Hidden Dangers of the Folding Step Stool

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The Safe Step Stool Guy gives you an inside look at how dangerous a folding step stool is and why they are an accident waiting to happen. <br><br>

An Aircraft Step Stool for Helicopters

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Aircraft mechanics have long struggled to work on helicopters safely when trying to get work done around the skids. So, how do you find a safe step stool to work on aircraft and helicopters? The step stools typically used around helicopters were either metal rolling ladders that weren’t small enough to get the mechanic into tight places where he could work on the aircraft safely or they were homemade steps made from a crate of some sort, milk crate, metal crate, wooden crate, etc… Some of the smaller step stools that have been bought at big “box stores” consistently disappoint aircraft mechanics and company safety auditors. Expecting a safe experience using this type of step stool for an aircraft step stool is unreasonable at best, very dangerous at worst.

What step stool do you use when working on helicopters? You sure don’t want to use a flimsy step stool with legs that can bend causing the step stool to become unstable or allow it to wobble. You can avoid these types of flimsy step stools by simply looking for a step stool that is rated for at least 500 pounds. That’s right, 500 pounds minimum. You wouldn’t believe the junk step stools that are rated for 350 pounds being sold as a safe step stool. Don’t buy any step stool that has legs of any kind, especially the folding legs. Legs will get bent, this makes the step stool wobble. When this happens throw your step away, it has just become a liability. The big thing almost every step stool is lacking, is how to keep the step stool from sliding on slick concrete or epoxy coated floors. Look for large rubber pads on the bottom of your aircraft step. The rubber pads should be large enough in floor contact area to keep the step stool from sliding, not small rubber pads that will wear out after minimal use. Last, but not least; if you’re going to use an aircraft step stool on the tarmac, make sure it won’t blow away in the wind.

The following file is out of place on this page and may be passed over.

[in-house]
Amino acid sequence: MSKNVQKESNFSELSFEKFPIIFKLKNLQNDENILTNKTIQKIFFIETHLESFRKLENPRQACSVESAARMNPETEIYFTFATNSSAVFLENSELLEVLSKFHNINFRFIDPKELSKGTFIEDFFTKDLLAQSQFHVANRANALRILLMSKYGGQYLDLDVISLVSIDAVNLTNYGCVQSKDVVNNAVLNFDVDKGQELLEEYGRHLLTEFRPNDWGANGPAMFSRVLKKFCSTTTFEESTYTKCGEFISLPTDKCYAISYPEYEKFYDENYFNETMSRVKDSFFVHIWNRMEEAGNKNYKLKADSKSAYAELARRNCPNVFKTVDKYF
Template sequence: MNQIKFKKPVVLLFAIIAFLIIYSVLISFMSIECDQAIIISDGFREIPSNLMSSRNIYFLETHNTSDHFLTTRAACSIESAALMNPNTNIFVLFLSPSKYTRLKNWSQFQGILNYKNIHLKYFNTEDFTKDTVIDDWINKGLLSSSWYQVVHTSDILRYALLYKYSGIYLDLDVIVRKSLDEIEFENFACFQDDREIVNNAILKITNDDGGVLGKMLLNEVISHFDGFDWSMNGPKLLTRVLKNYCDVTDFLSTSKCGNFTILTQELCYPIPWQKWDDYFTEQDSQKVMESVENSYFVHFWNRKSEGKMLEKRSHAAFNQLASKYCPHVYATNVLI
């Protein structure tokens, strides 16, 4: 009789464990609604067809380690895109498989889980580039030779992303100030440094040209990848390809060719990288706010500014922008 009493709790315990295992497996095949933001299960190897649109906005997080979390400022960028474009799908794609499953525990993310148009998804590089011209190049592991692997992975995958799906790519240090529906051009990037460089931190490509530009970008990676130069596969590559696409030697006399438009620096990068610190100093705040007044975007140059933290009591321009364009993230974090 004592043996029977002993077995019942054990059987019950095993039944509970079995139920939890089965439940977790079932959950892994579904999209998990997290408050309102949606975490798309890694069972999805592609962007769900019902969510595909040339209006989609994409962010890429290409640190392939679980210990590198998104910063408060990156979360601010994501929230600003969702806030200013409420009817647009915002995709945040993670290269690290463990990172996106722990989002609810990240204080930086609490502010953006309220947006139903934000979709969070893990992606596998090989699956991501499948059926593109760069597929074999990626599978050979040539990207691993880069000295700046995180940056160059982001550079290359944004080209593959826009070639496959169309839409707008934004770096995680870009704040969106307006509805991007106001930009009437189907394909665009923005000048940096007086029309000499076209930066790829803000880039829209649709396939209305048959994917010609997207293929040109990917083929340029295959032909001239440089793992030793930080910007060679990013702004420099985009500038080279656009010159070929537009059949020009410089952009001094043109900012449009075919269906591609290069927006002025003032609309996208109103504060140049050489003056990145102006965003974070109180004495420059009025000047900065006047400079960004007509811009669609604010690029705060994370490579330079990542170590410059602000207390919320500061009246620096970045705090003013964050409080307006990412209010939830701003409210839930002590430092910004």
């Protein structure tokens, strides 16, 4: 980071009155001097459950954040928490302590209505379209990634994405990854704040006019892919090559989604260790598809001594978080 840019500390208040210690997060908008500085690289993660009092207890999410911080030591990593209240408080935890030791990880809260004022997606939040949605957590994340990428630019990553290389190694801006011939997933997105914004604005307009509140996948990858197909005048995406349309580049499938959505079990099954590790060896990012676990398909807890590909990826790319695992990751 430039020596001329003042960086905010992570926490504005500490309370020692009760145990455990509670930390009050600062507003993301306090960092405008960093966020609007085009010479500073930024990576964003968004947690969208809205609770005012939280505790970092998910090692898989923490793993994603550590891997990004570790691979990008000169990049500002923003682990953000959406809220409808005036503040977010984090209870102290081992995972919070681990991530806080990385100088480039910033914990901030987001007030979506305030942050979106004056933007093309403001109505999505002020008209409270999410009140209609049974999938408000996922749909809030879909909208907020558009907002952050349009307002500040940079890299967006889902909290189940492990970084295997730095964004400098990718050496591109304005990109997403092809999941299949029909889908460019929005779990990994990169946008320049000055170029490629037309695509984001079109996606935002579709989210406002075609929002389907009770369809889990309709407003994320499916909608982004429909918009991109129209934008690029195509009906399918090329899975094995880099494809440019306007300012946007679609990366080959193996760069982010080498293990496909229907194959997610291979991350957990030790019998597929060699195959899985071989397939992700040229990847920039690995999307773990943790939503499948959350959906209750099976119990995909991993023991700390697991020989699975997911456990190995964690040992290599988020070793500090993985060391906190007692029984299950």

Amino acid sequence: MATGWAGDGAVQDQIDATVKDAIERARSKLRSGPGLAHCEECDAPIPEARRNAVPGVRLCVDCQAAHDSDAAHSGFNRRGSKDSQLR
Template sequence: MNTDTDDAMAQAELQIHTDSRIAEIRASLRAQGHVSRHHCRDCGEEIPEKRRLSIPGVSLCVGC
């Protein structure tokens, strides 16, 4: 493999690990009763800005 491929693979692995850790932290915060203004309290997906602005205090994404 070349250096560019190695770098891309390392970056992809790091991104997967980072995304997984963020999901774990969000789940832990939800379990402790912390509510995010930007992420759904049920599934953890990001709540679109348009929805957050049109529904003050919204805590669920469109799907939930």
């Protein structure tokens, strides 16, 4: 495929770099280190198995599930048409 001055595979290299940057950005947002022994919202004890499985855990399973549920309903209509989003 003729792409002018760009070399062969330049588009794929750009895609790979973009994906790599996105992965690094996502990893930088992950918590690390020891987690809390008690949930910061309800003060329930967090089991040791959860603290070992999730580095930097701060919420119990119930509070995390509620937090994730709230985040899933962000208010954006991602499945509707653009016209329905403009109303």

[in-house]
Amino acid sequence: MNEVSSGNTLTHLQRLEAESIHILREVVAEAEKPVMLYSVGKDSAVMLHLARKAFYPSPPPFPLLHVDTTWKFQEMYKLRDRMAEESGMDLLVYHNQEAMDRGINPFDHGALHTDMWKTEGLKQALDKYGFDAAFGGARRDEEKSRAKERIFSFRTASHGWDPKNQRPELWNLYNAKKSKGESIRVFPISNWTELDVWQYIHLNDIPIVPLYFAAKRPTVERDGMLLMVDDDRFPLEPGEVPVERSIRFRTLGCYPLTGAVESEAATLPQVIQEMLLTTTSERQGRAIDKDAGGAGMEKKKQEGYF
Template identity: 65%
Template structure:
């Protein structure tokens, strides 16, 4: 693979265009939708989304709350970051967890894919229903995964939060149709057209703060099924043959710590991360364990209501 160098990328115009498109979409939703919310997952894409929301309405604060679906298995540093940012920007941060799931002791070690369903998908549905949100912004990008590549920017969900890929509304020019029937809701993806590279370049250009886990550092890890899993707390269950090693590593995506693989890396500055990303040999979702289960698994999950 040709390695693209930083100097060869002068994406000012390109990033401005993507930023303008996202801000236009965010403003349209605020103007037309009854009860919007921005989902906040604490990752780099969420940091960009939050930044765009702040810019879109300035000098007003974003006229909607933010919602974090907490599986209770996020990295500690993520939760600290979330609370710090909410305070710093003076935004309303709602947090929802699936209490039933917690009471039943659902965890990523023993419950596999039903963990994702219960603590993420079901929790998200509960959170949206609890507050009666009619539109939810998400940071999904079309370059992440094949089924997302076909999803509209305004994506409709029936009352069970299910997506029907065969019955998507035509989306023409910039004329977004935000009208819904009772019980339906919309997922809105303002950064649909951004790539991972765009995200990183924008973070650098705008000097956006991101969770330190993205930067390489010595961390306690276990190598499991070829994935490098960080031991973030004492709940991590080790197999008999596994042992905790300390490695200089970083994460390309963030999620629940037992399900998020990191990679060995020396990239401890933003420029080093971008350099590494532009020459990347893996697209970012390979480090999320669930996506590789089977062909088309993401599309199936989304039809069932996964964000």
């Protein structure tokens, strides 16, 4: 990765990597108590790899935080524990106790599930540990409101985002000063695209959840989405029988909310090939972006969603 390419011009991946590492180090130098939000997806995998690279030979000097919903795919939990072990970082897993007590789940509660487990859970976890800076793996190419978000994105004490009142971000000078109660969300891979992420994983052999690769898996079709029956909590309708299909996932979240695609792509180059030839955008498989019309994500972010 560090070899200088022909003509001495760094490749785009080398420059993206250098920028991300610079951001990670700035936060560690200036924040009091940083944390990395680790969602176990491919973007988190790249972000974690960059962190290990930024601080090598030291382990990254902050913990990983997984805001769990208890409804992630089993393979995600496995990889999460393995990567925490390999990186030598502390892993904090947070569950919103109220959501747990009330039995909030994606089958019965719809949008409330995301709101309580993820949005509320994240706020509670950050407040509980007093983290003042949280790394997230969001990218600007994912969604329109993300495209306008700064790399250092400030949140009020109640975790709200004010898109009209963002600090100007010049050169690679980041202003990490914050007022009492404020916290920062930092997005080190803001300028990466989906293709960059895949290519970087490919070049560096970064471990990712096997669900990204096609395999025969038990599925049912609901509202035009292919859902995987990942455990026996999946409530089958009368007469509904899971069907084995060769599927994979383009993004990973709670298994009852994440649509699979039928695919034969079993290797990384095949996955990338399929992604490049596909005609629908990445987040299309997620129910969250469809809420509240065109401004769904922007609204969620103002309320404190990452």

Shure-Step is a stackable safety step rated at 500 pounds that has many uses; Seniors, bariatric patients, physical therapists, rehabilitation facilities, bus, train, aircraft and transportation drivers, warehouse workers, mechanics, and technicians, even children benefit from the stability and strength of the Shure-Step. Shure-Steps have a non-slip surface with height starting at 6 and 10 inches, and allows you to stack them to reach up to 16 to 22 inches high or more for a guaranteed safe reaching and stepping aid. Or you may check this site www.Shure-Step.com for you to choose from their various types of step stools.